I love Matt Dillahunty. What a great call…

Chris Stedman coming to UIUC

Christ Stedman is coming to The University of Illinois. Here’s the details:

7:00 pm February 14th
Illini Union Room 314 A
University of Illinois

I’m going to be there, and here’s a clip about Chris:


This is a long conversation, but it’s nice to see how mike’s conception of atheists changes throughout the conversation. Tracy and Jen handle his questions beautifully.

We believe in humanity

This is a great speech.  To often we atheists are quick to talk about what we don’t believe in.  Joss explains what we do believe in, namely, education and hope for humanity.

Everything I needed to know about Atheism I learned from Christianity

My road to Atheism was paved by Christians.  And I don’t mean that their dogmatic narrow mindedness drove me away from faith (although that certainly helped), I mean that their values were so attractive, I decided they were worth adopting.  This merits an explanation:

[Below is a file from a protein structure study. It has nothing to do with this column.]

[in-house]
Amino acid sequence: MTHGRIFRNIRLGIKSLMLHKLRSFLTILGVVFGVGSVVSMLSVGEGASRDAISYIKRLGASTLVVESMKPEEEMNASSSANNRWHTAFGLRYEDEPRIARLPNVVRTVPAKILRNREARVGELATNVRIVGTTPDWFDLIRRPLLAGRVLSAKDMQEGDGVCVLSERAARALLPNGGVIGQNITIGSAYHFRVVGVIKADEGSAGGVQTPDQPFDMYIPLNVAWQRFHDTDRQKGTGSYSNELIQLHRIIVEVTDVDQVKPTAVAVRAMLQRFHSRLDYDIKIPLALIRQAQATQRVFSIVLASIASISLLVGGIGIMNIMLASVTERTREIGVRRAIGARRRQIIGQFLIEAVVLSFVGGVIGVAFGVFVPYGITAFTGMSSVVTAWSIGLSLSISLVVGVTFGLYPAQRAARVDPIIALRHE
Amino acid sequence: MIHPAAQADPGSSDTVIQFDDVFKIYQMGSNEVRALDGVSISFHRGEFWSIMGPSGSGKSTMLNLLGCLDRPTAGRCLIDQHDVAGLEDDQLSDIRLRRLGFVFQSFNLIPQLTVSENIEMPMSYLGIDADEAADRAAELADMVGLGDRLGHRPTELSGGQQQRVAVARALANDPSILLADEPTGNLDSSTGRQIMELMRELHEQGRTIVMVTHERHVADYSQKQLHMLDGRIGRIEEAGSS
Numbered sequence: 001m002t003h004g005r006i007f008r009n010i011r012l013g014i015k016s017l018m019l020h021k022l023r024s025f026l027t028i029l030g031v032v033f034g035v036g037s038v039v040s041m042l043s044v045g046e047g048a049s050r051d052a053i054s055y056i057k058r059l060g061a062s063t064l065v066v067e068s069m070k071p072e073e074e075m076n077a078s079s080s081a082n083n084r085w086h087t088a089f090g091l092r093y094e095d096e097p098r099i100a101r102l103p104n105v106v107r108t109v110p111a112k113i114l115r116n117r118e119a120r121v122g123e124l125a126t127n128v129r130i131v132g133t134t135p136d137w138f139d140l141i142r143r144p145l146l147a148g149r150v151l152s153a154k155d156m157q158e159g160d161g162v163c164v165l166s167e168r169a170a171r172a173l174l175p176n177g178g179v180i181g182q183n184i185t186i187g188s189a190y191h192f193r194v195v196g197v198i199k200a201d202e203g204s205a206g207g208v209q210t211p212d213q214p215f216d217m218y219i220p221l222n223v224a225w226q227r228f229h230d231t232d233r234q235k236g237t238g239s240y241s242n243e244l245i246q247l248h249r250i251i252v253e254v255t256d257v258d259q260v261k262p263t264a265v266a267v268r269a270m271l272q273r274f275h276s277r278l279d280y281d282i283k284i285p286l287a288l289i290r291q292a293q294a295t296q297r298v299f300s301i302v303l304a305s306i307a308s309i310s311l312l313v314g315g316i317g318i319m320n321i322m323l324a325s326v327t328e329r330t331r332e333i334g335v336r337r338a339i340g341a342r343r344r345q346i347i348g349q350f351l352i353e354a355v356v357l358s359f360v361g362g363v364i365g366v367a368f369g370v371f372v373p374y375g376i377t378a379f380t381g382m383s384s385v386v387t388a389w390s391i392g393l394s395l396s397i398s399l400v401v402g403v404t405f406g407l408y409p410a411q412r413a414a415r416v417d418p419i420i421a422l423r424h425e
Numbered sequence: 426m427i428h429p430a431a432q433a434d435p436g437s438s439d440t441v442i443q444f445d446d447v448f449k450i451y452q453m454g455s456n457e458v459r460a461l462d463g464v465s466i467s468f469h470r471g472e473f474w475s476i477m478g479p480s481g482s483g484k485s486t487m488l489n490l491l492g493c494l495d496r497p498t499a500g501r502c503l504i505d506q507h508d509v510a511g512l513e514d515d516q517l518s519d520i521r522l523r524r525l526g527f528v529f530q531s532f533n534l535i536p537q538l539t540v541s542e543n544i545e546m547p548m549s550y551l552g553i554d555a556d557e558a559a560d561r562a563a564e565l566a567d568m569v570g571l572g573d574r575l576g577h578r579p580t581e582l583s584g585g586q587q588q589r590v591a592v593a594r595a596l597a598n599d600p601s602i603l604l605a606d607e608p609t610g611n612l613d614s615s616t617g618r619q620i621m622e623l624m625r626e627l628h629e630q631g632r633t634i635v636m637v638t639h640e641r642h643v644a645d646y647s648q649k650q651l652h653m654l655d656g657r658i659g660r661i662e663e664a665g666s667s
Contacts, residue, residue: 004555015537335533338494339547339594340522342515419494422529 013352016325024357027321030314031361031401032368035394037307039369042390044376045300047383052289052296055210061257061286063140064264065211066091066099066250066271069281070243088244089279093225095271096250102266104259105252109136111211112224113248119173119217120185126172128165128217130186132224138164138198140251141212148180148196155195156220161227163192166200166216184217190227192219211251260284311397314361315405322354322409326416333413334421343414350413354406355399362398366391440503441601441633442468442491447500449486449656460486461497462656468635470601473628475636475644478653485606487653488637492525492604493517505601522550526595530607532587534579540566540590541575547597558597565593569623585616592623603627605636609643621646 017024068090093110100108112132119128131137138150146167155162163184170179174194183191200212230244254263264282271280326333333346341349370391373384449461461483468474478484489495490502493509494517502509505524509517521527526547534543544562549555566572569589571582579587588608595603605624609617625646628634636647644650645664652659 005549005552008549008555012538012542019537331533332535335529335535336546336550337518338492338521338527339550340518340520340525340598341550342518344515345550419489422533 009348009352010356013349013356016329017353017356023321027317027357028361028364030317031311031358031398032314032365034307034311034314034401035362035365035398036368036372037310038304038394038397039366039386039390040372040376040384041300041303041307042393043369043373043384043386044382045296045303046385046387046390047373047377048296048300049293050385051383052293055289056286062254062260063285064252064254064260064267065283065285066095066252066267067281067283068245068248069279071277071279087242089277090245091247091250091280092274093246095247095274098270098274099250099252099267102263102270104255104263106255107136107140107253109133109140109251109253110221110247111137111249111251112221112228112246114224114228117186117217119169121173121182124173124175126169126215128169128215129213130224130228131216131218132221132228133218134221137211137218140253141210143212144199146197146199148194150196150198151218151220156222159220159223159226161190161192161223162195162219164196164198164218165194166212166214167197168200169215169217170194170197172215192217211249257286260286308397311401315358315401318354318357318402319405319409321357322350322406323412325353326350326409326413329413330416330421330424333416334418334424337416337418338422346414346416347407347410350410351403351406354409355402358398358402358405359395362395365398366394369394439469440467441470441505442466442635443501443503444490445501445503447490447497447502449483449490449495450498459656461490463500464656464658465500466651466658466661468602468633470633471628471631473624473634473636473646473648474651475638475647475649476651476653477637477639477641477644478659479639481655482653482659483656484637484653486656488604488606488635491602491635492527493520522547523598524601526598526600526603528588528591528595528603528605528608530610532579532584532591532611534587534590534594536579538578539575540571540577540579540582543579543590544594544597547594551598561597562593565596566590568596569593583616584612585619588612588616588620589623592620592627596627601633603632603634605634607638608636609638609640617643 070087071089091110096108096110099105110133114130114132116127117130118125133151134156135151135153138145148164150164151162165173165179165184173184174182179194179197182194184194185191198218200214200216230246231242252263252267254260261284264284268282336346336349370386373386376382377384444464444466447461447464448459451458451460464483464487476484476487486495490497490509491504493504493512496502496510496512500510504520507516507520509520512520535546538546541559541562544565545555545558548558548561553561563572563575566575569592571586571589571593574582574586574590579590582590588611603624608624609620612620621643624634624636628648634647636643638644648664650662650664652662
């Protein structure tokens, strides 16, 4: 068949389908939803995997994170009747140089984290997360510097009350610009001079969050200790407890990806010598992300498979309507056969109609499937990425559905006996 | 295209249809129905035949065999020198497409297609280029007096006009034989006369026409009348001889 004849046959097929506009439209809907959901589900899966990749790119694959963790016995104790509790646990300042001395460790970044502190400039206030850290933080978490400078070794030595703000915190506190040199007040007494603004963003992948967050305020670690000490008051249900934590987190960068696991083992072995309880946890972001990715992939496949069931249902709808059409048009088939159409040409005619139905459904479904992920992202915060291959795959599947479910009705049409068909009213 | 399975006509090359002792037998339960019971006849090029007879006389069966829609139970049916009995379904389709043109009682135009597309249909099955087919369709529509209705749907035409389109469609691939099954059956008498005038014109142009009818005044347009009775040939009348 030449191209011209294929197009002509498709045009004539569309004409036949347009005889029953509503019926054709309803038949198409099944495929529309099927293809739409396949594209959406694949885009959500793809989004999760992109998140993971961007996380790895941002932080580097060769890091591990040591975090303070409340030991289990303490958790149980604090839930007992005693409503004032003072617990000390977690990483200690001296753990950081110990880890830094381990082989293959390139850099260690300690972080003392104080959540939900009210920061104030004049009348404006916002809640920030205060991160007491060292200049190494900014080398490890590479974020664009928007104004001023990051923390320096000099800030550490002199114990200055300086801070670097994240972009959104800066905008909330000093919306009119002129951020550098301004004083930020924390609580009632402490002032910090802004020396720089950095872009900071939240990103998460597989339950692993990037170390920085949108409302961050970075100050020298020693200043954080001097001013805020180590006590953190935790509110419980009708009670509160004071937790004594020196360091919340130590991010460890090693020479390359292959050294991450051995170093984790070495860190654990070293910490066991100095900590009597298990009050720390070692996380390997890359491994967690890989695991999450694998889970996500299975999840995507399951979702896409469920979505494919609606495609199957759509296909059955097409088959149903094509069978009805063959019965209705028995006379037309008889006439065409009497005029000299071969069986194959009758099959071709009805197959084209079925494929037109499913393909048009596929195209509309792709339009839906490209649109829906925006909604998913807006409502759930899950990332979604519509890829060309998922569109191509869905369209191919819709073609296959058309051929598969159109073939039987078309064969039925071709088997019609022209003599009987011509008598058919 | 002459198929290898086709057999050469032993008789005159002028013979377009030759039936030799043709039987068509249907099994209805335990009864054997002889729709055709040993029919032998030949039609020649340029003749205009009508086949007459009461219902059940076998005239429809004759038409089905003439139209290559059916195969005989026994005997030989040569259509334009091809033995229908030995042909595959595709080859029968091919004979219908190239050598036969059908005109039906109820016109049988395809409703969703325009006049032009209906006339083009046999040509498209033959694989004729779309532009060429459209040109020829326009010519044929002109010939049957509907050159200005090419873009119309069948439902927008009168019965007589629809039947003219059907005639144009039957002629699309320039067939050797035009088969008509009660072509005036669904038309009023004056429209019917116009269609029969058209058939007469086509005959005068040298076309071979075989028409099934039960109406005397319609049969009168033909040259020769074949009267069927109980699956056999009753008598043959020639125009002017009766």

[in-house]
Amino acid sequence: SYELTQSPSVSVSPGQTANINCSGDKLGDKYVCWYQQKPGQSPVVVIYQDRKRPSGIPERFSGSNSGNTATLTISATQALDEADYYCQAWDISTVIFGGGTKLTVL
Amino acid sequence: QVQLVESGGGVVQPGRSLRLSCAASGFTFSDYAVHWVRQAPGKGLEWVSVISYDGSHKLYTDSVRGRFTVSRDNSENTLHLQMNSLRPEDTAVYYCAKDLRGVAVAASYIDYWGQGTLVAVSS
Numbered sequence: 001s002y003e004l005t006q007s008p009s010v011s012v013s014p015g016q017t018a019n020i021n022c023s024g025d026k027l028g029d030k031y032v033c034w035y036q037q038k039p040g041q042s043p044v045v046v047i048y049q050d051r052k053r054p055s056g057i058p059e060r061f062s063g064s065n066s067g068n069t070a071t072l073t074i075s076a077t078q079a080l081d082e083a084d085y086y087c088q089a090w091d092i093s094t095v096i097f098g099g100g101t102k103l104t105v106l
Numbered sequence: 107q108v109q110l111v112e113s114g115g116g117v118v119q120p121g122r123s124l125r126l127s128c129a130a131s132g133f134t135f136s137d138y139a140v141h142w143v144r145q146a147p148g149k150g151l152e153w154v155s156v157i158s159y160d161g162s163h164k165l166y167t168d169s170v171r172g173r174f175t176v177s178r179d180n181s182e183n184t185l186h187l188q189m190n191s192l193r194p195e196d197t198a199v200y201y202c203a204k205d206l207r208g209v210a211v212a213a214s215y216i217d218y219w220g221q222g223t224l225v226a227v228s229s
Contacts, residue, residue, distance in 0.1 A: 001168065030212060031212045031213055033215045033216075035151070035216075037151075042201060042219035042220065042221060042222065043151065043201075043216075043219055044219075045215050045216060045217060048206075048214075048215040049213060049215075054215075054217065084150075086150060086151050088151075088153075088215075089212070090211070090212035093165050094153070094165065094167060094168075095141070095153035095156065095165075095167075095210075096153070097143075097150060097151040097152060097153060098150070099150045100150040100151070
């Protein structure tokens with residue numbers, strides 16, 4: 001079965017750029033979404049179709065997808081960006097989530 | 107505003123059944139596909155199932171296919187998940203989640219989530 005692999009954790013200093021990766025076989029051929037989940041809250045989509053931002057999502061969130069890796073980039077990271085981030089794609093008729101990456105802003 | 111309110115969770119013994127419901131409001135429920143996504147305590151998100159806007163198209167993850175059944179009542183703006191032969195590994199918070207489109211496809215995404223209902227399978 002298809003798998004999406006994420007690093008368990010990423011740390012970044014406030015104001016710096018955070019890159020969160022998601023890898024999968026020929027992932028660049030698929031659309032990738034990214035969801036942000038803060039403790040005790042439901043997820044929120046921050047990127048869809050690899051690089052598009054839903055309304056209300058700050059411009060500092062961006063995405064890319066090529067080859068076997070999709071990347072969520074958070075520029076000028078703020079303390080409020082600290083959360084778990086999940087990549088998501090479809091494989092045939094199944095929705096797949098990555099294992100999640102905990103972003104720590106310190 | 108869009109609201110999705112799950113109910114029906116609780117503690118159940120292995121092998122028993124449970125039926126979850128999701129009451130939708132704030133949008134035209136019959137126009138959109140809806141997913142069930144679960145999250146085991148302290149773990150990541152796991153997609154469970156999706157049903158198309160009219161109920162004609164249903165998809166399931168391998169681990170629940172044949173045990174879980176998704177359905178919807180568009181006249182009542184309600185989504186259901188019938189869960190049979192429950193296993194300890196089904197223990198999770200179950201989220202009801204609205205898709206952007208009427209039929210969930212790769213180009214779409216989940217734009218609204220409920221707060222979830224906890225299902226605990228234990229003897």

It seems to me that Christianity today does not have a very distinct and consistent set of values.  Christians in different camps and denominations interpret the bible in such random and different ways, each claiming that their version of Christianity is the correct one.  Because of this, one can find almost any value or viewpoint if they just look for it.  For example:

Christians believe that the bible is the inspired word of God (except for those Christians who don’t)
Christians believe that homosexuals are evil people (except for those Christians who don’t)
Christians believe in Heaven and Hell (except for those Christians who don’t)